These would all be done with Zero emissions and at a much lower cost to the airline than at present
The U.S. carrier’s venture funding arm said in a release it is also investing an undisclosed amount in the company with Bill Gates’ Breakthrough Energy Ventures and Mesa Airlines. Mesa would buy an additional 100 ES-19s, subject to similar requirements, which can fly customers up to 250 miles. The plane will enter service as soon as 2026.
Petrochemicals Are in All Sorts of Products. This Startup Makes the Same Compounds Out of Captured CO2
Without a doubt, one of the biggest problems facing humanity at the moment is the threat of the consequences of global climate change. One of the key contributors to this is the exploration - and usage of - fossil fuels.
Banning ICE vehicles is a relatively quick and simple thing to do. There are technologies at the moment that can replace those (Battery and Hydrogen power depending on the use case)
But one area of fossil fuel usage that seems to sneak under the radar when it comes to proliferation is that of oil-based products being used in everyday items from the foam in your sneakers to your yoga mat, shampoo, makeup, and more—including laundry detergent, plastic packaging, aspirin, toys, appliances, clothes, speakers, bike tires, solar panels, the veneer on wooden furniture, and the paint on your walls. By one estimate, the chemicals are in at least 6,000 products; the real number is likely much larger.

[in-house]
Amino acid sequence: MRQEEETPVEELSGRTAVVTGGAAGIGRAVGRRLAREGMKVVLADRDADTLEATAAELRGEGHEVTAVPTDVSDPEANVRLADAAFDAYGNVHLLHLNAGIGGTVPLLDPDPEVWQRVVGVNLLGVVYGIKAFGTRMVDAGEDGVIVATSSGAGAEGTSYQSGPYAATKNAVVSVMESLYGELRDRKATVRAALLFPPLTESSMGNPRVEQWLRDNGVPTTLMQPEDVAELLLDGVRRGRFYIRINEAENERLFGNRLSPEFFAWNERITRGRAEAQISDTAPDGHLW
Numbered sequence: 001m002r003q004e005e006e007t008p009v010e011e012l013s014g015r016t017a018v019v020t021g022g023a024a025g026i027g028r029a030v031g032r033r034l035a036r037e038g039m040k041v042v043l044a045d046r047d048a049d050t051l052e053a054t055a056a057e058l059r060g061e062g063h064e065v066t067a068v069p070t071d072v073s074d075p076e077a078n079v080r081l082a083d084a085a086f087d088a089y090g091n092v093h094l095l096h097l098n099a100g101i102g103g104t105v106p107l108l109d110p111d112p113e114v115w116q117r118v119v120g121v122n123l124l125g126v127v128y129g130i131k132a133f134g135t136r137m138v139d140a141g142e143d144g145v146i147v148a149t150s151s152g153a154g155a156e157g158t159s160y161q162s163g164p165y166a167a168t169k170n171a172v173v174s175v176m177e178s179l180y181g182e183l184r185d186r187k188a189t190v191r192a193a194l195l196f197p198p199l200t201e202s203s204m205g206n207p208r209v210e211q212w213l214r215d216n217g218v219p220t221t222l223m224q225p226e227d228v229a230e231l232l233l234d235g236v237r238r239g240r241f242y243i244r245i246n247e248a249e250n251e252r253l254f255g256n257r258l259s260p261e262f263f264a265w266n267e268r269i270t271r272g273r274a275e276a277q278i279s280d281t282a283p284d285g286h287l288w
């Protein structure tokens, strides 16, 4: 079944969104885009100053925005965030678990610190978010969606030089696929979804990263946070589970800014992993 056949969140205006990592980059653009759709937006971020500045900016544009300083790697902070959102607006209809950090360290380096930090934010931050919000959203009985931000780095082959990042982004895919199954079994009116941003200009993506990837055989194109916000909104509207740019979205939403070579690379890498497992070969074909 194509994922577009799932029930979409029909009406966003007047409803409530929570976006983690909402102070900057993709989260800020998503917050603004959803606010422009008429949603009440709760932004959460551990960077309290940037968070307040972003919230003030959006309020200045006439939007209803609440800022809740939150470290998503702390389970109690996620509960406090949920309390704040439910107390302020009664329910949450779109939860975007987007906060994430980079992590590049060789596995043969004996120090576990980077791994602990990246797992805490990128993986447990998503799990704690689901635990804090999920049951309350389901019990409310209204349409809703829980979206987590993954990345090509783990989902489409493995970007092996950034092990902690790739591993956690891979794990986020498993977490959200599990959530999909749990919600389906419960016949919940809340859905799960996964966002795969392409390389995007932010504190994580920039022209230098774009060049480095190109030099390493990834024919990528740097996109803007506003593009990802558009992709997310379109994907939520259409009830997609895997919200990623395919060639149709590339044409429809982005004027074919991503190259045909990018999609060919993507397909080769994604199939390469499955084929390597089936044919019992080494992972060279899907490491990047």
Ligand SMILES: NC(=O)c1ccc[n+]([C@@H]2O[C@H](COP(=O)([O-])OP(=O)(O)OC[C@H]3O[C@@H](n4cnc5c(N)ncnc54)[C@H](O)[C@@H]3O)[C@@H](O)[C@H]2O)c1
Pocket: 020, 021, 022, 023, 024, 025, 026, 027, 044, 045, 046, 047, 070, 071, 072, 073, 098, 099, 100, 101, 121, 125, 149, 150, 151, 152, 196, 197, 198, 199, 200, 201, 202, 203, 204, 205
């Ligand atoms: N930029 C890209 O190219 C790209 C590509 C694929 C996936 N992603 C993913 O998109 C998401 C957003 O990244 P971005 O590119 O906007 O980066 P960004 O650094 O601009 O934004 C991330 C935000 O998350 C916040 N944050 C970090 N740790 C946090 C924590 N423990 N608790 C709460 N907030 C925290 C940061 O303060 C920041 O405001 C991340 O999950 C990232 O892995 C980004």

“Basically, we use electricity to break apart CO2 and water,” CEO Flanders says. “And then our catalysts, which are part of our core technology, recombine those atomic bits to make new molecules.” Making products from CO2, Flanders says, doesn’t change the performance of the material at all, so a final product like laundry detergent or a pair of running shoes will be exactly the same as before. Companies can work with existing chemical suppliers, who will add a device called an electrochemical reactor to their production lines.
Study Expects More EVs Than ICE Vehicles Will Be Sold by 2033
With more and more countries and states putting ICE bans in place, it is entirely possible that the number of electric vehicles being sold
will surpass that of fossil fuel vehicles in the near future.
Of course, the number of fossil burners still being driven will dwarf the number of non-fossils due to the fact they’ve had 100 years plus to create a dominant position. The United Kingdom, for instance, has vowed to ban the sale of any and all ICE vehicles after 2030 and like it are thirteen additional countries (mostly in Europe). They have not all agreed on a specific year (or on what exactly they’re going to ban) but the year seems to usually be 2030 or 2035, or in some cases 2040. According to Ernst & Young LLP (EY), EVs will become more popular than ICE vehicles by 2033, around five years earlier than most other estimates
But every BEV that gets put on the road removes a potential fossil burner and is better for the environment in the long term.